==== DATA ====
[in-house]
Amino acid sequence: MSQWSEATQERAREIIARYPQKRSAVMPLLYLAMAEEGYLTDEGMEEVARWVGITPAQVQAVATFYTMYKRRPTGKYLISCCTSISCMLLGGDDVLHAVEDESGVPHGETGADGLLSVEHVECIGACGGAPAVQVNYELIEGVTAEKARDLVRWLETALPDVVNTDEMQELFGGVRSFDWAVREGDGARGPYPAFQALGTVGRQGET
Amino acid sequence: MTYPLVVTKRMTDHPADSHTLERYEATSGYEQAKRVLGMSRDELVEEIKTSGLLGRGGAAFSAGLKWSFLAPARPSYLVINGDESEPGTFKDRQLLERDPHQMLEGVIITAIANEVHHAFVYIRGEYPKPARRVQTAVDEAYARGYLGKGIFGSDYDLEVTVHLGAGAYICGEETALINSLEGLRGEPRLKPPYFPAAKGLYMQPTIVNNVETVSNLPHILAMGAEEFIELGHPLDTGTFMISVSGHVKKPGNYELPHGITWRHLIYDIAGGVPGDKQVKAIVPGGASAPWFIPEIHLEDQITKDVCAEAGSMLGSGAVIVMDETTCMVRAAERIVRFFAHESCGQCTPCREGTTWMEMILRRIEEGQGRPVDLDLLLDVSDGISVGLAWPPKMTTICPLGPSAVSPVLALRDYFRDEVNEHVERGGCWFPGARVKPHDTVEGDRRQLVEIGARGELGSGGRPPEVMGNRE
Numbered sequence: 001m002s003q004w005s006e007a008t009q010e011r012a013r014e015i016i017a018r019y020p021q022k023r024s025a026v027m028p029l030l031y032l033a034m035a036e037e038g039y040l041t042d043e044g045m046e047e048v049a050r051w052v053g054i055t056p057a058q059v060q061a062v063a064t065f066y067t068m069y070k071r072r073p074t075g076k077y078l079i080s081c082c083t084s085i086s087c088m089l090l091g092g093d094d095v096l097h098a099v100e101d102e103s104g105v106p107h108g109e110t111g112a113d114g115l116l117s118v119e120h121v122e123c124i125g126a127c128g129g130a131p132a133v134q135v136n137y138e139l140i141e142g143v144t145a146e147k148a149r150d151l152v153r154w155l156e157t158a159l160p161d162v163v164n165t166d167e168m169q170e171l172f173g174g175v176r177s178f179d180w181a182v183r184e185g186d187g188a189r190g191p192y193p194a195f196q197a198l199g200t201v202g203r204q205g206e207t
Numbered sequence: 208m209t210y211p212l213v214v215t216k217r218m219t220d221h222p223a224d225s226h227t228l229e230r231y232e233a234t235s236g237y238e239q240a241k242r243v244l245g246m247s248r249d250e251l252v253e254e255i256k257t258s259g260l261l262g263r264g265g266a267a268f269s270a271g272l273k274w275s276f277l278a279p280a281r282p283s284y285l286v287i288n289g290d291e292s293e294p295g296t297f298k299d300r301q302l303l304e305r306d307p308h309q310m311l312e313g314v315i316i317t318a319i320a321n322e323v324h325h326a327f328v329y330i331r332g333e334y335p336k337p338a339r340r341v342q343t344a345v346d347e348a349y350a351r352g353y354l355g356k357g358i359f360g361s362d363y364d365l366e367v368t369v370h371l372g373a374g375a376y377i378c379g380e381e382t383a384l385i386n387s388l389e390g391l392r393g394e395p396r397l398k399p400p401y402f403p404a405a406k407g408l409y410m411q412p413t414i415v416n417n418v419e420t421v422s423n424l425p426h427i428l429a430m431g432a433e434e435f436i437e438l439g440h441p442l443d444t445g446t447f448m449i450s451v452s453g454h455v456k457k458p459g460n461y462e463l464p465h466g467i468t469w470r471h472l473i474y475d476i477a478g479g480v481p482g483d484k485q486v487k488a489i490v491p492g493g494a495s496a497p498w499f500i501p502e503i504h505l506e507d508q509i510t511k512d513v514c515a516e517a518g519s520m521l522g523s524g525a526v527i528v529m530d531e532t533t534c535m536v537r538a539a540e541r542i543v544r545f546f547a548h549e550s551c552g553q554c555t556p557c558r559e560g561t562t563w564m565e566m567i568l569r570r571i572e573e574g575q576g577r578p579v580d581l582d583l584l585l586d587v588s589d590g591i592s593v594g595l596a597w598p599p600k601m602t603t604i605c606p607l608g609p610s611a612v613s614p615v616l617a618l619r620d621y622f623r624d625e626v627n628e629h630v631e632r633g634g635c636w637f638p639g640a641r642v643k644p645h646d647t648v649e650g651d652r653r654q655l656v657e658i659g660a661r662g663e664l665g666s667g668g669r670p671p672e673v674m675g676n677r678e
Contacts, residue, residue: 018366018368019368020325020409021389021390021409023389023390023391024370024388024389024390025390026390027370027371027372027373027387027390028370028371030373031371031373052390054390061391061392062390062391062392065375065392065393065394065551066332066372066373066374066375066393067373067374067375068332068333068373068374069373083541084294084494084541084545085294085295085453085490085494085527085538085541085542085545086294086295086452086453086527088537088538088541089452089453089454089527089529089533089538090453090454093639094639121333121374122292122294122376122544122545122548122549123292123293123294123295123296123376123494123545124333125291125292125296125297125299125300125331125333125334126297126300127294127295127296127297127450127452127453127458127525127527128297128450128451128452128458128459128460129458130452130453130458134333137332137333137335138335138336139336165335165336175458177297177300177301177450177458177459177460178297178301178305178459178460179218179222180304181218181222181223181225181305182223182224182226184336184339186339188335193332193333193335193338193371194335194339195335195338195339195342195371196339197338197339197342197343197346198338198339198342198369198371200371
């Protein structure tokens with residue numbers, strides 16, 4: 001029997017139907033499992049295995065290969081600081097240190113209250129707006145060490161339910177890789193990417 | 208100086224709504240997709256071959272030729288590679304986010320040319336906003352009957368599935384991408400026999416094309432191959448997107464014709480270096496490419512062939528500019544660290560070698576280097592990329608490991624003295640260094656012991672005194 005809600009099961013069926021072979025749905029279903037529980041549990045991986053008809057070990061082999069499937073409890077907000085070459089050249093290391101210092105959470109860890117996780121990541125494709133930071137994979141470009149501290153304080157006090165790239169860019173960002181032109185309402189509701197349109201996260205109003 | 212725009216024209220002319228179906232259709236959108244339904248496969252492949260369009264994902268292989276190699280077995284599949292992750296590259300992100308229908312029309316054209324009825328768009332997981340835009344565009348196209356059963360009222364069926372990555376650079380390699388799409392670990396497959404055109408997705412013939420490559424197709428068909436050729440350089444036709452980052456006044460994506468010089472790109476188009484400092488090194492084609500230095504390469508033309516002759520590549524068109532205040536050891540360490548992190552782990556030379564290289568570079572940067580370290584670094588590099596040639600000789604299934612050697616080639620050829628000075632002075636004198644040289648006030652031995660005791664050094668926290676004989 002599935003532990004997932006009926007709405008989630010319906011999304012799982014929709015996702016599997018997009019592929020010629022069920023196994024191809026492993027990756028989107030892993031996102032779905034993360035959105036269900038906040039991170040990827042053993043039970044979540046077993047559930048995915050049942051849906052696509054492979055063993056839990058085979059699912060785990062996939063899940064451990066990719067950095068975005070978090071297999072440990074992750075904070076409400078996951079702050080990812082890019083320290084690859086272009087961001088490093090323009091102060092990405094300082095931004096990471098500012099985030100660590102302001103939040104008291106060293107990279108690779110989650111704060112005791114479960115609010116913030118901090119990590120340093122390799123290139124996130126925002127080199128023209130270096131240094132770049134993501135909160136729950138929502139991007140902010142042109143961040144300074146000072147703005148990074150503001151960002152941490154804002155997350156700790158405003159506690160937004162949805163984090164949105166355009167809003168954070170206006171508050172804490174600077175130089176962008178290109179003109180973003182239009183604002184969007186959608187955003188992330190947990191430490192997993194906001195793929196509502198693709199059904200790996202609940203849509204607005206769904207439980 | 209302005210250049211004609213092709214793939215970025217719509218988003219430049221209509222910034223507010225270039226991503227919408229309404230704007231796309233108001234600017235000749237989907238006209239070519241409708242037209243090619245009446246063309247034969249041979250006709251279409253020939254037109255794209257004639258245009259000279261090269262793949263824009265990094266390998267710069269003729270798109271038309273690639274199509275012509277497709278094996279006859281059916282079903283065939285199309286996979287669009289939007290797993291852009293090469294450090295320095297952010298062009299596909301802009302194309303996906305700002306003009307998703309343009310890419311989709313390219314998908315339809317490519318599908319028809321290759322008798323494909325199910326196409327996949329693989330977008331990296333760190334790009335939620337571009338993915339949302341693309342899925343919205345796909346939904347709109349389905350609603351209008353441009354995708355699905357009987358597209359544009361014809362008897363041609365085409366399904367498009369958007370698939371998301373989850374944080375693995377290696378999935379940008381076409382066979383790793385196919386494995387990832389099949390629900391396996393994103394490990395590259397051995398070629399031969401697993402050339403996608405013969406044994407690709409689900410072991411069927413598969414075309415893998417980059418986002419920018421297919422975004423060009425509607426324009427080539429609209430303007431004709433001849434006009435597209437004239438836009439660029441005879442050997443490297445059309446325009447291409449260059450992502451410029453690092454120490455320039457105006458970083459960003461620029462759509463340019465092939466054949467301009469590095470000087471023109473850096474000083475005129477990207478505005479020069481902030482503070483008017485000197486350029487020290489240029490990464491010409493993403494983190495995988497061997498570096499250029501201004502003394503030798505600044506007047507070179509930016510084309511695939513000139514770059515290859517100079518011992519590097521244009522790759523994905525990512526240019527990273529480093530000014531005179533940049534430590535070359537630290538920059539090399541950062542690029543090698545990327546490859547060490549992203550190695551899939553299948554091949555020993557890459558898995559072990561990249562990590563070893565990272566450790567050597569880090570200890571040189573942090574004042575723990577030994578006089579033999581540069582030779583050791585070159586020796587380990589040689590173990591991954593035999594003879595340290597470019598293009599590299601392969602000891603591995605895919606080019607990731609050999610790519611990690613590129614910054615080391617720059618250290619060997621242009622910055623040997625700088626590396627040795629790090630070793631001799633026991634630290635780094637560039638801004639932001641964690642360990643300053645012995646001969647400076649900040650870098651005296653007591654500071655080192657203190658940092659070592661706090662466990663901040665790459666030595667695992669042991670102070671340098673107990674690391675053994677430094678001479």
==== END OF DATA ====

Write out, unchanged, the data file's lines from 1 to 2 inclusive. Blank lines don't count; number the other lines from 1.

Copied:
[in-house]
Amino acid sequence: MSQWSEATQERAREIIARYPQKRSAVMPLLYLAMAEEGYLTDEGMEEVARWVGITPAQVQAVATFYTMYKRRPTGKYLISCCTSISCMLLGGDDVLHAVEDESGVPHGETGADGLLSVEHVECIGACGGAPAVQVNYELIEGVTAEKARDLVRWLETALPDVVNTDEMQELFGGVRSFDWAVREGDGARGPYPAFQALGTVGRQGET